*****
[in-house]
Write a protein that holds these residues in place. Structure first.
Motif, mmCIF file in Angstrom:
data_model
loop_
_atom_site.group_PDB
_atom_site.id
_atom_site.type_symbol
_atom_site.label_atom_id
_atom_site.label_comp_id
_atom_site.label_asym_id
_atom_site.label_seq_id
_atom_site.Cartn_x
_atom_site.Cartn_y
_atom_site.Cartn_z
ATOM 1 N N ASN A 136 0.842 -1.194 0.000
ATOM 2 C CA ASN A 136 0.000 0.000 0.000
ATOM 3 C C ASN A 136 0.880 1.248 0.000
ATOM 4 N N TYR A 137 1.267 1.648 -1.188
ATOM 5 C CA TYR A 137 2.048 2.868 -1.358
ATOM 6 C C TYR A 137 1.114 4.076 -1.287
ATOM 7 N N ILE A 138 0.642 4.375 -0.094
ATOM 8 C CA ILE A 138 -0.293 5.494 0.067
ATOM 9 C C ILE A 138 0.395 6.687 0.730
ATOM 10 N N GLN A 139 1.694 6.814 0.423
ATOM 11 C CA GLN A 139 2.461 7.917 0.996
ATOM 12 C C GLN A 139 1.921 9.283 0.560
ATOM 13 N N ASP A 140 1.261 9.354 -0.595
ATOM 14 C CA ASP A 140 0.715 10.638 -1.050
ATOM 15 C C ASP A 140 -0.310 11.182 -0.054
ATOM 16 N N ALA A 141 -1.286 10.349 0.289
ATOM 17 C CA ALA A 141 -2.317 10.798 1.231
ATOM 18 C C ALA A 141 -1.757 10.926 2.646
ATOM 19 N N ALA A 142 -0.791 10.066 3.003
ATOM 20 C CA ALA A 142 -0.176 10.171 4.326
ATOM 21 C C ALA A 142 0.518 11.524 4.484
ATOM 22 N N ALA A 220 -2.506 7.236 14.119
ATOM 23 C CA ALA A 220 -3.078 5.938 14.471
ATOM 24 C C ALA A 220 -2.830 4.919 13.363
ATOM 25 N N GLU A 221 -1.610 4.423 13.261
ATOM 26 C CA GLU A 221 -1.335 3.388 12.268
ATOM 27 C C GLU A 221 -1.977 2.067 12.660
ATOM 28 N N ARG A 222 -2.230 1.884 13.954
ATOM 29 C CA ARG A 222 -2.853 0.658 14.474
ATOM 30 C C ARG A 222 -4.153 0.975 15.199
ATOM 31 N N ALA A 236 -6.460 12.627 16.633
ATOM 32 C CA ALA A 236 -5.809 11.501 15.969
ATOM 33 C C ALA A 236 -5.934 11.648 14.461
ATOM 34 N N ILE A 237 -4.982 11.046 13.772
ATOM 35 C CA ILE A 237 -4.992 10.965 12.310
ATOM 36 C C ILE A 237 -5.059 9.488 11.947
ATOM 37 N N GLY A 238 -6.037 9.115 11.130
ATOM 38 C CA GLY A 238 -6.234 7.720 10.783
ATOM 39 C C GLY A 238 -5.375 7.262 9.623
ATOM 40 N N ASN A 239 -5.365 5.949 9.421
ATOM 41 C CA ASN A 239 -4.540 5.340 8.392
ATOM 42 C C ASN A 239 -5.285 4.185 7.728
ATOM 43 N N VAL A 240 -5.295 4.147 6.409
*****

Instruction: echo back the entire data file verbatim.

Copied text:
[in-house]
Write a protein that holds these residues in place. Structure first.
Motif, mmCIF file in Angstrom:
data_model
loop_
_atom_site.group_PDB
_atom_site.id
_atom_site.type_symbol
_atom_site.label_atom_id
_atom_site.label_comp_id
_atom_site.label_asym_id
_atom_site.label_seq_id
_atom_site.Cartn_x
_atom_site.Cartn_y
_atom_site.Cartn_z
ATOM 1 N N ASN A 136 0.842 -1.194 0.000
ATOM 2 C CA ASN A 136 0.000 0.000 0.000
ATOM 3 C C ASN A 136 0.880 1.248 0.000
ATOM 4 N N TYR A 137 1.267 1.648 -1.188
ATOM 5 C CA TYR A 137 2.048 2.868 -1.358
ATOM 6 C C TYR A 137 1.114 4.076 -1.287
ATOM 7 N N ILE A 138 0.642 4.375 -0.094
ATOM 8 C CA ILE A 138 -0.293 5.494 0.067
ATOM 9 C C ILE A 138 0.395 6.687 0.730
ATOM 10 N N GLN A 139 1.694 6.814 0.423
ATOM 11 C CA GLN A 139 2.461 7.917 0.996
ATOM 12 C C GLN A 139 1.921 9.283 0.560
ATOM 13 N N ASP A 140 1.261 9.354 -0.595
ATOM 14 C CA ASP A 140 0.715 10.638 -1.050
ATOM 15 C C ASP A 140 -0.310 11.182 -0.054
ATOM 16 N N ALA A 141 -1.286 10.349 0.289
ATOM 17 C CA ALA A 141 -2.317 10.798 1.231
ATOM 18 C C ALA A 141 -1.757 10.926 2.646
ATOM 19 N N ALA A 142 -0.791 10.066 3.003
ATOM 20 C CA ALA A 142 -0.176 10.171 4.326
ATOM 21 C C ALA A 142 0.518 11.524 4.484
ATOM 22 N N ALA A 220 -2.506 7.236 14.119
ATOM 23 C CA ALA A 220 -3.078 5.938 14.471
ATOM 24 C C ALA A 220 -2.830 4.919 13.363
ATOM 25 N N GLU A 221 -1.610 4.423 13.261
ATOM 26 C CA GLU A 221 -1.335 3.388 12.268
ATOM 27 C C GLU A 221 -1.977 2.067 12.660
ATOM 28 N N ARG A 222 -2.230 1.884 13.954
ATOM 29 C CA ARG A 222 -2.853 0.658 14.474
ATOM 30 C C ARG A 222 -4.153 0.975 15.199
ATOM 31 N N ALA A 236 -6.460 12.627 16.633
ATOM 32 C CA ALA A 236 -5.809 11.501 15.969
ATOM 33 C C ALA A 236 -5.934 11.648 14.461
ATOM 34 N N ILE A 237 -4.982 11.046 13.772
ATOM 35 C CA ILE A 237 -4.992 10.965 12.310
ATOM 36 C C ILE A 237 -5.059 9.488 11.947
ATOM 37 N N GLY A 238 -6.037 9.115 11.130
ATOM 38 C CA GLY A 238 -6.234 7.720 10.783
ATOM 39 C C GLY A 238 -5.375 7.262 9.623
ATOM 40 N N ASN A 239 -5.365 5.949 9.421
ATOM 41 C CA ASN A 239 -4.540 5.340 8.392
ATOM 42 C C ASN A 239 -5.285 4.185 7.728
ATOM 43 N N VAL A 240 -5.295 4.147 6.409